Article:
country is this? Whose beer are you drinking? Who
invented your country!?
So when the English began to whittle away the
Australian lead, I roared my support without
inhibition. I wasn’t just cheering my team. In the
midst of a sort of grey mist, I thought I was
defending my country. The fact that I was
outnumbered by about three hundred to one didn’t
worry me in the slightest.
Then as the
game neared completion, and Australia still
leading, the ball came out to the England winger,
who side-stepped two Aussies and stormed forward
unopposed. He launched himself over the goal line,
and with the score deliciously inevitable, the
years of sporting hurt were crystallized and
banished. All the humiliations, humblings and
ghastly failures were set aside at last.
a sort of sporting multiple orgasm.
Baying incoherently, eyes bulging, I leapt up and
down. A bolt of adrenalin surged up my body, along
my left arm and toward my left hand, which was
holding my second pint of beer. The hand flapped
randomly and helplessly like a newspaper sheet
caught in a gust of wind, spraying its load in a
swirling formation. The beer shimmered briefly in
the artificial light before descending onto the
heads of those around me.
I remained perfectly dry, gibbering foolishly.
Once I regained my composure, I saw that much of
the beer had splashed upon the guy in front of me.
Earlier in the match, I’d had to move to my right
because his bulky upper back was in my direct line
of sight. I wondered what would happen next but
thankfully he shrugged off my clumsiness without
resorting to violence.
Some of the beer went over another, smaller Aussie,
standing to my right. He was wearing an anorak. Was
he going to be more dangerous? When I attempted a
conciliatory quip -- that he’d shown great
foresight in wearing the anorak -- he also remained
calm. The other Aussies around me were smarting
badly - too stunned by their defeat to take offense
at my display.
The fact that nobody chose to confront me says a
lot about the underlying relationship between our
two nations. It’s one of rivalry, not hostility,
probably because the two countries are so similar
culturally - although few English would admit it.
The fact is that the Australians are our cousins
who happen to speak with a funny accent and are
lucky enough to live in the sun. Viewed from the
other side, the English are eccentric and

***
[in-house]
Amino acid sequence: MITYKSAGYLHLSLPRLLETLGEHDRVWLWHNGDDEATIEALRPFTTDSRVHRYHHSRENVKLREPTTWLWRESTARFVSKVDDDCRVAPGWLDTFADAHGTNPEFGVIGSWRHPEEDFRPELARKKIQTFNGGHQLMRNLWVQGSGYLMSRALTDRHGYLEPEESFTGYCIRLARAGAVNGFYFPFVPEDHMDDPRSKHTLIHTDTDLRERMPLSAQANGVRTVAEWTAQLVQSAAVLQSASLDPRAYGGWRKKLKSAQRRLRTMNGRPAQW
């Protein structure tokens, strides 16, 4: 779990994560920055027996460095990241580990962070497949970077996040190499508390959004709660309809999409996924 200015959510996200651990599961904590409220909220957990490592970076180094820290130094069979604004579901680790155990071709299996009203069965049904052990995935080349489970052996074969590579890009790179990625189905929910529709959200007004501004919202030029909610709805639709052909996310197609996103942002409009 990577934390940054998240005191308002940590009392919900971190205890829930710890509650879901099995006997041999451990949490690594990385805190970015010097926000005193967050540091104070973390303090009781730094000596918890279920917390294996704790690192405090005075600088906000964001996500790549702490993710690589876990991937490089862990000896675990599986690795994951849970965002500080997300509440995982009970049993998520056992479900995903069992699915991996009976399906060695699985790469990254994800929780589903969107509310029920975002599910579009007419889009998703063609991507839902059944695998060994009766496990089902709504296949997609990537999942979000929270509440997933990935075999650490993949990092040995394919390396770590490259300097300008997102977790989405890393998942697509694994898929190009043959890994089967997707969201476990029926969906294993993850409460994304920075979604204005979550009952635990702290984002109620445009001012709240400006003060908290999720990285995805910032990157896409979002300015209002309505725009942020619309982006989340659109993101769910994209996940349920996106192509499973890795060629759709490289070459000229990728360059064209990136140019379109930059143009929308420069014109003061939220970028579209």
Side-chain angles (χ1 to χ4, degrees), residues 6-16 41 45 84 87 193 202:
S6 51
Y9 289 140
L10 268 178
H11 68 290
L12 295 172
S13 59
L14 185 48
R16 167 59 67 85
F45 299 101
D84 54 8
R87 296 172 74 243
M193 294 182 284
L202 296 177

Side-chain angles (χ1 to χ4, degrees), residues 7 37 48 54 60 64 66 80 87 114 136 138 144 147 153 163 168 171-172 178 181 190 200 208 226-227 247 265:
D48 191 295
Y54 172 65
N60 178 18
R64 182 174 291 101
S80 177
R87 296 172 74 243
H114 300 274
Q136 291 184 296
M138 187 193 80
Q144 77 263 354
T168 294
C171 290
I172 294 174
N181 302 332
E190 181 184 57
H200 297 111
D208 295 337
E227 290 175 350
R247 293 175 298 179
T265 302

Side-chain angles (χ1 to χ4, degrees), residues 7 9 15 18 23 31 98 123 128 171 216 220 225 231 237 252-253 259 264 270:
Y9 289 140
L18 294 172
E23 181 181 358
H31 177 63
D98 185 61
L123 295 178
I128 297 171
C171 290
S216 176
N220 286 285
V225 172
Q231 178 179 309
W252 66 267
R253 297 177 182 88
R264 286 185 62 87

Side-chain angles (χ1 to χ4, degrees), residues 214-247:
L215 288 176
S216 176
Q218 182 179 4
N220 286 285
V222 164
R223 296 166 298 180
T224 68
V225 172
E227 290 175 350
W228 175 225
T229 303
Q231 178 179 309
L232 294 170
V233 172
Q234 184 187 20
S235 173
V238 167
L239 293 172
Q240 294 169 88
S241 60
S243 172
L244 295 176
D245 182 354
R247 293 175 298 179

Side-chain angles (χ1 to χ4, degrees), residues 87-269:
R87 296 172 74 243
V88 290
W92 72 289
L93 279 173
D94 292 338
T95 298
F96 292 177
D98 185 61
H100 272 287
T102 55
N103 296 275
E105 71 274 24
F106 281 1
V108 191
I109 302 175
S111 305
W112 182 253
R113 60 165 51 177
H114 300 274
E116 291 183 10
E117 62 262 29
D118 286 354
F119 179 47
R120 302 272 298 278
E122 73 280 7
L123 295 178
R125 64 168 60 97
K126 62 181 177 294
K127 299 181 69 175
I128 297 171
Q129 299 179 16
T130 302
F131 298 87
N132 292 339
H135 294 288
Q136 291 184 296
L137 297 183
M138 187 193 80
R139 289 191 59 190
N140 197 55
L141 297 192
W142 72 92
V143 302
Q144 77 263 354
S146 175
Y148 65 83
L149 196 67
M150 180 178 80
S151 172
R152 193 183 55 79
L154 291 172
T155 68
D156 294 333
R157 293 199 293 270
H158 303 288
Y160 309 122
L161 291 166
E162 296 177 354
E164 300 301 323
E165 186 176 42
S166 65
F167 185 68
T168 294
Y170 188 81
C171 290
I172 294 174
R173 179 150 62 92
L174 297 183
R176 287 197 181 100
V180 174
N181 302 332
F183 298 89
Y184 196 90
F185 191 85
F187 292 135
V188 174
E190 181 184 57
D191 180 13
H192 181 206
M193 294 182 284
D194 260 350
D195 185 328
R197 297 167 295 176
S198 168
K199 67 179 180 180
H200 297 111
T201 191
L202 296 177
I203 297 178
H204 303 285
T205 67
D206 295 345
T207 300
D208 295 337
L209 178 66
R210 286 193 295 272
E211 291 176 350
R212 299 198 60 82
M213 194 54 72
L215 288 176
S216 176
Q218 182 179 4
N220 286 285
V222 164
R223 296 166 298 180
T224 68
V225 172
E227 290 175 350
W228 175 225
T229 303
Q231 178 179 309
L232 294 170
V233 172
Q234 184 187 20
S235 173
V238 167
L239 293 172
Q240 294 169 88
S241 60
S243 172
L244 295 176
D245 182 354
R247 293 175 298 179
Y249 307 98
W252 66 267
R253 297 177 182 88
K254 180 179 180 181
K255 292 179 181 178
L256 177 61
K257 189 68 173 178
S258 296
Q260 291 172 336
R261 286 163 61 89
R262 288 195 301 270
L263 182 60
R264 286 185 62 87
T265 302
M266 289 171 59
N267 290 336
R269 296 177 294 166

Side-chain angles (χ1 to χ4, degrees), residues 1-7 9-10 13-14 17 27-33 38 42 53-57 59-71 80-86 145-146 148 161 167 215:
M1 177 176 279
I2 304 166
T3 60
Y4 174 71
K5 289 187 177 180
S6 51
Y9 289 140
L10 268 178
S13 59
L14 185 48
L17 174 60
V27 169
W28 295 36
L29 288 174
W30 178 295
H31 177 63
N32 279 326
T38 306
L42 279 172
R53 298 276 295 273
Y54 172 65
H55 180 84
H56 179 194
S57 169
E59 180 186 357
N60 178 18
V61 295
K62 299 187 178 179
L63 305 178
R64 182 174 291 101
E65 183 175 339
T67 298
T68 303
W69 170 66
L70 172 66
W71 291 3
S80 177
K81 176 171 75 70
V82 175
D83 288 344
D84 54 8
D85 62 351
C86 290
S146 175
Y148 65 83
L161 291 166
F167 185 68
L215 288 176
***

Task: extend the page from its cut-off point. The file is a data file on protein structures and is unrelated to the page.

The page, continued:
occasionally embarrassing older relatives.
Yes, the Aussies taunt us for our sporting
failures, dreadful weather and call us ‘Poms’
because of our resemblance to pomegranates when
sun-burned. In return, we tease them for their lack
of cultural achievement, geographical isolation,
and criminal heritage. It’s on that sort of amiable
To me, the Australians, far away on the other side
of the world, are much less ‘foreign’ than the
French or Germans a few miles across the English
channel. The Aussies are blood brothers,
next-of-kin, in a way that our European friends
could never be. This means that two countries are
fierce sporting rivals - but the best of friends as
The peculiar adrenalin rush that I experienced, and
its briefly undesirable consequences, confirmed all
this to me. The Aussies are not inclined to turn on
an Englishman, however inexcusable his behavior. I
appeared to them as nothing more than a half-crazed
Pom who’d lost his marbles. And actually they were
right. I had lost my marbles. I was out to lunch,
eating a second pudding with double whipped cream.
But that’s Poms for you…
In any case, the taste of defeat won’t remain long
in the mouths of the Australians. They’ll be back
stuffing the English before long, and restored to
the pinnacle of the world’s sporting order.
But if the English ever conjure up another win, I
must make an effort to keep myself under control.
I’ll either watch the match in the privacy of my
own home, or I’ll choose a bar that isn’t quite so
well frequented by Australians. And above all else,
I’ll make sure that I haven’t got a pint of beer in